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Florida Character & Fitness Investigation Attorney

Essential Eligibility Requirements for The Florida Bar

The Board of Bar Examiners looks for evidence of the following qualities in all applicants (Rule 3-10.1 paraphrased):

  1. they know the law and how to apply it;
  2. they know how to logically and correctly analyze legal issues; and,
  3. they show that if their admission is recommended, they:
    1. will meet deadlines;
    2. will communicate honestly and respectfully with peers, the courts, clients and others;
    3. will manage finances ethically and responsibly;
    4. won’t do anything that could or does put anyone in danger;
    5. won’t cheat or steal; and
    6. will obey the laws, orders of the court, and the Rules of Professional Conduct.

Conversely, adverse/disqualifying conduct can route an application for investigative hearing, and in some cases, might be the basis for denial of admission (Rule 3-11):

  1. unlawful conduct;
  2. academic misconduct;
  3. making or procuring any false or misleading statement or omission of relevant information, including any false or misleading statement or omission on the Bar Application, or any amendment, or in any testimony or sworn statement submitted to the Board;
  4. misconduct in employment;
  5. acts involving dishonesty, fraud, deceit, or misrepresentation;
  6. abuse of legal process;
  7. financial irresponsibility;
  8. neglect of professional obligations;
  9. violation of an order of a court;
  10. evidence of a mental disorder that may impair the ability to practice law;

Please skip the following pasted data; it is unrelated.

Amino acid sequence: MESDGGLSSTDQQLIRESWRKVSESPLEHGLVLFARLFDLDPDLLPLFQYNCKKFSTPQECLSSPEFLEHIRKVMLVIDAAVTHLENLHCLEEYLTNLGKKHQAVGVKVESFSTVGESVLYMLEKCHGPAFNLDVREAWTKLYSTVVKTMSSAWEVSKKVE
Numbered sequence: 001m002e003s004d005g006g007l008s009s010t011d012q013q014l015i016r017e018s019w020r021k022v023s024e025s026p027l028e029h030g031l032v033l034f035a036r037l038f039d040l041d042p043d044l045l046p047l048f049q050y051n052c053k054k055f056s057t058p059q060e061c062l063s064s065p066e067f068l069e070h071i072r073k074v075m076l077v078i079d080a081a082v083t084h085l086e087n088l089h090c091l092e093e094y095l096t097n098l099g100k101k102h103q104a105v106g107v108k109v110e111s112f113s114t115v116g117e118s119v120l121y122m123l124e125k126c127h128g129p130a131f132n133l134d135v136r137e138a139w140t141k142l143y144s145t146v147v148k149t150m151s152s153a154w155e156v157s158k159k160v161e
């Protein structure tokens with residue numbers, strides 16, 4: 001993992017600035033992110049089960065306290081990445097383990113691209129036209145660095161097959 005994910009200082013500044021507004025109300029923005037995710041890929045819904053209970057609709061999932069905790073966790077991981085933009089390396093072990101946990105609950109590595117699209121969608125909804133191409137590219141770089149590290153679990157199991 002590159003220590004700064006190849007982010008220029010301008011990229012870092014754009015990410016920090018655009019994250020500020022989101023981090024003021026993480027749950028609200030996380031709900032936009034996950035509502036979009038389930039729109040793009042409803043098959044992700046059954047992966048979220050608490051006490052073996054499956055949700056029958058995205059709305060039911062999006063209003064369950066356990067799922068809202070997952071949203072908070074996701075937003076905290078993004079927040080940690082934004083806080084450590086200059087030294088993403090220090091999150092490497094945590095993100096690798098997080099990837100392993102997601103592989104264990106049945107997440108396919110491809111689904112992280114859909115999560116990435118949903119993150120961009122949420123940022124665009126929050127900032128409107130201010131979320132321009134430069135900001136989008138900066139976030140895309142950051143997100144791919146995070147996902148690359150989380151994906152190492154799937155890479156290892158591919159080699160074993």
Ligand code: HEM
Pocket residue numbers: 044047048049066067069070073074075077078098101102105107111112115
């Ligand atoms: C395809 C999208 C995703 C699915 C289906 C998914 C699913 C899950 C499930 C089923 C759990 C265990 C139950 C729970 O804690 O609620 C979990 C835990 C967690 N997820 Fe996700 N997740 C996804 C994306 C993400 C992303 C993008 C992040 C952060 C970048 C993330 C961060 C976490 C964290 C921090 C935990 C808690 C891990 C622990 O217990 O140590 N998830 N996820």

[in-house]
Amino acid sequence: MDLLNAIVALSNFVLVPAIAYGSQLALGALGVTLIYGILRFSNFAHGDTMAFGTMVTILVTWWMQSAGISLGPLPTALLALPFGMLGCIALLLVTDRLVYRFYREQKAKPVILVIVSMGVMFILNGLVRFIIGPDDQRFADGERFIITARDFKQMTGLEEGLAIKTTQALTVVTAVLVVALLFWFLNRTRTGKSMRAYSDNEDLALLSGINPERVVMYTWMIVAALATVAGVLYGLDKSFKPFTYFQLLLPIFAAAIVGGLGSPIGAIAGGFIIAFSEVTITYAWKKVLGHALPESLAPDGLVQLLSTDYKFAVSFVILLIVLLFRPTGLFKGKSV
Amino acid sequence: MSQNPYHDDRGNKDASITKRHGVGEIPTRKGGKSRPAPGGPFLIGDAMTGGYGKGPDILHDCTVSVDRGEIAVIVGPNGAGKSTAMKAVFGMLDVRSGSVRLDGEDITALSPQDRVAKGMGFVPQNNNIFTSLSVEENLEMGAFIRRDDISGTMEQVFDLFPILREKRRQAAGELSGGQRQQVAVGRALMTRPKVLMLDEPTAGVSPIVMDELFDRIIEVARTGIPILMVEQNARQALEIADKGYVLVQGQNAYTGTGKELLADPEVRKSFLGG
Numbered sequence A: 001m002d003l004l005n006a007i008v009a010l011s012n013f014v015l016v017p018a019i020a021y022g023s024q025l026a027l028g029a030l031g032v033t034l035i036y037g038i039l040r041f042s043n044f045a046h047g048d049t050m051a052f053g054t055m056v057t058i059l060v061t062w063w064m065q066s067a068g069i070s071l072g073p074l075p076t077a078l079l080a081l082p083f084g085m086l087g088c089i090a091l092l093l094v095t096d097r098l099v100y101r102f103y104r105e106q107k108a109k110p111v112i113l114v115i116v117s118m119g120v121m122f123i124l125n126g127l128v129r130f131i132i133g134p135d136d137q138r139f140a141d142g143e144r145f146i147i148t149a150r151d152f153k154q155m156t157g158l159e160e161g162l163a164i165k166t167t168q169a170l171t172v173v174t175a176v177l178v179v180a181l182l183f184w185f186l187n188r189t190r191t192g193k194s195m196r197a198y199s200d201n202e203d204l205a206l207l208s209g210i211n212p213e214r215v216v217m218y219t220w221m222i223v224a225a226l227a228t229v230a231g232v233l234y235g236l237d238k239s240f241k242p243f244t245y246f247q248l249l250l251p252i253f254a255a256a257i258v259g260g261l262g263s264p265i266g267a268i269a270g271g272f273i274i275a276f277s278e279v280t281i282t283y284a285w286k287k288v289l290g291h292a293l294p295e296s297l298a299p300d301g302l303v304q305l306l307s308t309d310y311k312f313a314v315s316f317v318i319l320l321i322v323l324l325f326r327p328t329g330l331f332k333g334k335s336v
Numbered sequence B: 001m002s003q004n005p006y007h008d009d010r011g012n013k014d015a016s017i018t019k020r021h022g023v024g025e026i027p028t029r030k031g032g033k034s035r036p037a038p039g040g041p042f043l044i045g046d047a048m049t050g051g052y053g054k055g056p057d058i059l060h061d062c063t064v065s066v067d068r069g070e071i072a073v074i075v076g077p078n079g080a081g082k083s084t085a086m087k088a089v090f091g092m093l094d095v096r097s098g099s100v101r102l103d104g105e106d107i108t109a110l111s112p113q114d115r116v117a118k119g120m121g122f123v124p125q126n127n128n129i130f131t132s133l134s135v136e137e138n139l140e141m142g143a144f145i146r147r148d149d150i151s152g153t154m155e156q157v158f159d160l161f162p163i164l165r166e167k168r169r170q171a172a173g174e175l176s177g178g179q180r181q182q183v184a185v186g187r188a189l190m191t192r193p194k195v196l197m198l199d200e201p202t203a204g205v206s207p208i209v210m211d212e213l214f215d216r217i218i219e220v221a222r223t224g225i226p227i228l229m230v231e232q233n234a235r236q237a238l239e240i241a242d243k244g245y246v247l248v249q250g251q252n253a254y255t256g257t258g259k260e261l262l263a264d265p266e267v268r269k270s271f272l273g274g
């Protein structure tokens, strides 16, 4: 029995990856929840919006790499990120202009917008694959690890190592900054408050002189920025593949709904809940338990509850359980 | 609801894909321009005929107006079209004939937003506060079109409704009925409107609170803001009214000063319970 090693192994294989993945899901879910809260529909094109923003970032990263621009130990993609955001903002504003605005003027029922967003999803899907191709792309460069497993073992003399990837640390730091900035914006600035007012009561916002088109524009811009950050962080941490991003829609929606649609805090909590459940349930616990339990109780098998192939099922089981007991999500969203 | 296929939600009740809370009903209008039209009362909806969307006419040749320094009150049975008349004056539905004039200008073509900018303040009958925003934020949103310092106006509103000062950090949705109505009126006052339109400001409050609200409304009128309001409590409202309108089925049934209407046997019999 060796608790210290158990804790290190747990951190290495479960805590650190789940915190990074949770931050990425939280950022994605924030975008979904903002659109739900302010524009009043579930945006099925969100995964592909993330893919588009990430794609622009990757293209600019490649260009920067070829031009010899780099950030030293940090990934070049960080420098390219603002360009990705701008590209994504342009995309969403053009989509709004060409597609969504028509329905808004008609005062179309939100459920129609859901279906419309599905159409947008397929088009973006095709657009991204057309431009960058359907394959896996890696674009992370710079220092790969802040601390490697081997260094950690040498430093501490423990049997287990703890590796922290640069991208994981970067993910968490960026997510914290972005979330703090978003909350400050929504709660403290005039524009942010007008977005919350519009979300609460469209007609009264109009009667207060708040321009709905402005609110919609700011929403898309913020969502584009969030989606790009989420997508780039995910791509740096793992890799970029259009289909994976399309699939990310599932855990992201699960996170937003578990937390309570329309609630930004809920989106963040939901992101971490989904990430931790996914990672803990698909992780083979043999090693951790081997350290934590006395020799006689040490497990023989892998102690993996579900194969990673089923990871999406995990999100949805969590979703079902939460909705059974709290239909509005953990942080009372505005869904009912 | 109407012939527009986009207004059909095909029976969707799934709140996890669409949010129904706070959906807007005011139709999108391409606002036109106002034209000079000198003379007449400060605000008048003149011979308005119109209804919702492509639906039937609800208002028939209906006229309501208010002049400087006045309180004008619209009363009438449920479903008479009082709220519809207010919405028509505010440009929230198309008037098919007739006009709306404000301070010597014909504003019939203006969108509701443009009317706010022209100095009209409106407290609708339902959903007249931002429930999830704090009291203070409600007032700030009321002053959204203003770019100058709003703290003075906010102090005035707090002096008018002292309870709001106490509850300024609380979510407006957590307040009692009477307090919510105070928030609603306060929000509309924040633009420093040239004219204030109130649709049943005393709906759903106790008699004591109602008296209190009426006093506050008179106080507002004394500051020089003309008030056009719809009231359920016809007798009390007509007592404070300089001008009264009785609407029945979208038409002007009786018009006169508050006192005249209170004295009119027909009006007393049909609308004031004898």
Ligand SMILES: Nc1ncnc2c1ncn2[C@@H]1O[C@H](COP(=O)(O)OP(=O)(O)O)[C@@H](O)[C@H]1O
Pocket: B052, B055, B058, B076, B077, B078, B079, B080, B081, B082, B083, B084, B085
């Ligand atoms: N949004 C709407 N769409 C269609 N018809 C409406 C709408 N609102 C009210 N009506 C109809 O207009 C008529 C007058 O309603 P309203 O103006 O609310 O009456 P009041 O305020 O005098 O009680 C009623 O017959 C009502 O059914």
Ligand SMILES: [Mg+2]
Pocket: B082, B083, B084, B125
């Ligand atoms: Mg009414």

11. evidence of a substance use disorder that may impair the ability to practice law;
  12. denial of admission to the bar in another jurisdiction on character and fitness grounds;
  13. disciplinary action by a lawyer disciplinary agency or other professional disciplinary agency of any jurisdiction; or
  14. any other conduct that reflects adversely on the character or fitness of the applicant.

Having one or more of the adverse/disqualifying factors doesn’t automatically mean you’re not going to get admitted to the Florida Bar. The Board looks at the circumstances around the adverse conduct, to give the incident(s) appropriate weight and significance (Rule 3-12):

  1. age at the time of the conduct;
  2. recency of the conduct;
  3. reliability of the information concerning the conduct;
  4. seriousness of the conduct;
  5. factors underlying the conduct;
  6. cumulative effect of the conduct or information;
  7. evidence of rehabilitation;
  8. positive social contributions since the conduct;
  9. candor in the admissions process; and,
  10. materiality of any omissions or misrepresentations.
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